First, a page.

Driving on Your Car’s Reserve Fuel: The Facts

How Far Will Your Car Go On Reserve?

Empty Fuel Tank. Credit: PixieMe/Shutterstock.com

Ever pondered your car’s distance on reserve fuel? It’s a pressing question, especially when the nearest petrol station is a distant speck on the horizon.

Of course, the answer to this isn’t straightforward. It hinges on two pivotal factors: the car’s fuel tank capacity and its fuel consumption rate. Given these elements, the outcomes are numerous, according to OK Diario.

Small vs Large Cars

Each car manufacturer has its specifications, but typically, a small car can journey between 30 and 50 kilometres once the reserve light comes on. In contrast, larger vehicles, with their more substantial tanks and often more efficient engines, can push to about 80 kilometres.

The Perils Of Relying On Reserve

Regularly driving on reserve is ill-advised for a couple of reasons. Firstly, this means using the fuel settled at the tank’s bottom, where impurities are most concentrated. This can lead to a blocked fuel pump filter over time.

Secondly, the fuel pump thrives on a steady fuel flow. When it’s low, the pump draws in air, straining itself. The outcome? Accelerated wear and tear, necessitating an earlier-than-expected part replacement. Moreover, frequent reliance on reserve can also affect the overall performance and efficiency of the vehicle.

The Law And An Empty Tank

While running out of petrol isn’t illegal, where you end up due to an empty tank can be. As per article 90 of the General Traffic Regulations: ‘The stopping or parking of a vehicle on interurban roads must always take place outside the carriageway, on the right-hand side of the carriageway and leaving the passable part of the hard shoulder free’.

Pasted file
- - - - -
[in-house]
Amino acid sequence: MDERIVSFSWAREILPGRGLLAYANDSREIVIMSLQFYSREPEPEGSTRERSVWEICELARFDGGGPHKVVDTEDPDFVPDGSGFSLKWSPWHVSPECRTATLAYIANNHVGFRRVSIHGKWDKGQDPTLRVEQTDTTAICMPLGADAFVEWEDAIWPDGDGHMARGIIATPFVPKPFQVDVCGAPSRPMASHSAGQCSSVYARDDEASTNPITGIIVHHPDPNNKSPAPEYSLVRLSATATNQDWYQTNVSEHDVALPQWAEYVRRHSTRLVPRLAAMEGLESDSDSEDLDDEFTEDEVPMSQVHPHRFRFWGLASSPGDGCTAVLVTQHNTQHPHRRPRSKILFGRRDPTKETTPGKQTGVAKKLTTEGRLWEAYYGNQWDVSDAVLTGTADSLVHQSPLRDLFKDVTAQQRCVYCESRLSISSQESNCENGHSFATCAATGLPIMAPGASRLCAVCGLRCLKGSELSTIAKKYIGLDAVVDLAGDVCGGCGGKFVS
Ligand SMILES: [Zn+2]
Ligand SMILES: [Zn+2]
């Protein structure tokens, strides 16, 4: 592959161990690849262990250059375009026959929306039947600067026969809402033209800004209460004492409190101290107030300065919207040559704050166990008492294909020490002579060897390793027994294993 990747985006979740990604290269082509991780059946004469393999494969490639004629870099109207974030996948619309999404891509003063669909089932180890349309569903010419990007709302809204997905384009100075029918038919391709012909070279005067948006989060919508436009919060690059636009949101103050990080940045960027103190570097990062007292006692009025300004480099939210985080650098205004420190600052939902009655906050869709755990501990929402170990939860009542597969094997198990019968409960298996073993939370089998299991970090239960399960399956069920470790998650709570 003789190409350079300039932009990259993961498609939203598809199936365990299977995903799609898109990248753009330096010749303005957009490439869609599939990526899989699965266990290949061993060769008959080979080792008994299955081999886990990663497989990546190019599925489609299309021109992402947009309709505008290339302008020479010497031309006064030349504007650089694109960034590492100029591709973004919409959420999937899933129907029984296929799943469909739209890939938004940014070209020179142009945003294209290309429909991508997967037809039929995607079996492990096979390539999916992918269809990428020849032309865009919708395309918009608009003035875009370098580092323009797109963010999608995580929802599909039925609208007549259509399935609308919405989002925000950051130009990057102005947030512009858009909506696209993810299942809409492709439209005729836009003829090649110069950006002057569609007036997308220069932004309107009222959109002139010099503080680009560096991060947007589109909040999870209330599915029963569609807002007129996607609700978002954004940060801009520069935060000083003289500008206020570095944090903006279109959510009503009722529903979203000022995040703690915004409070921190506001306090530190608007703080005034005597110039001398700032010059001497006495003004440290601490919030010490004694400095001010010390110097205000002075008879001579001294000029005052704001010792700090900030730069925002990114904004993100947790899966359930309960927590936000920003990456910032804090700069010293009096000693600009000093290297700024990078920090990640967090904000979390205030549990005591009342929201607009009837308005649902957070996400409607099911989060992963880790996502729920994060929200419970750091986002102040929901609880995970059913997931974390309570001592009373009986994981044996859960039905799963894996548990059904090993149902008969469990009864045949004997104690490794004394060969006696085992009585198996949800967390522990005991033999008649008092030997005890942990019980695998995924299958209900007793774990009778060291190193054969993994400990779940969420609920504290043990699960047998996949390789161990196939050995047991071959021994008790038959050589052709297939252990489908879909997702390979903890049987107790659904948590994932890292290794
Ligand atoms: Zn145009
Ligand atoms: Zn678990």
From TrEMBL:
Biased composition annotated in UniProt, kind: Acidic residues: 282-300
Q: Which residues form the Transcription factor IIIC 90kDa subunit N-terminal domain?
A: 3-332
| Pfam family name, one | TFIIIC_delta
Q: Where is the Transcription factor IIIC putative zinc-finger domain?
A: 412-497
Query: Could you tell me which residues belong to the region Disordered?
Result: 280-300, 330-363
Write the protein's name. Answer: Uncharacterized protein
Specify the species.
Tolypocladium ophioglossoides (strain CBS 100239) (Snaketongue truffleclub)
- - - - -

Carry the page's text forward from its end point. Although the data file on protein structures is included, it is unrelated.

If you’re stranded due to an empty tank, ensure you park safely, not hindering traffic or posing risks to others.

And if a petrol station happens to be nearby, you might think of bringing fuel to the vehicle. But a word of caution: transporting fuel in non-approved containers is a no-no, with fines ranging from €2,000 to €3,000.

Thank you for taking the time to read this article. Do remember to come back and check The Euro Weekly News website for all your up-to-date local and international news stories and remember, you can also follow us on Facebook and Instagram.

Written by

John Ensor

Originally from Doncaster, Yorkshire, John now lives in Galicia, Northern Spain with his wife Nina. He is passionate about news, music, cycling and animals.


    • Laura King

      12 September 2023 • 13:55

      My car doesn’t have a fuel light !!

    • Oris

      15 September 2023 • 22:59

      2hat of Honda pilot fuel reserves, how many Km can it drive with reserve?

    Comments are closed.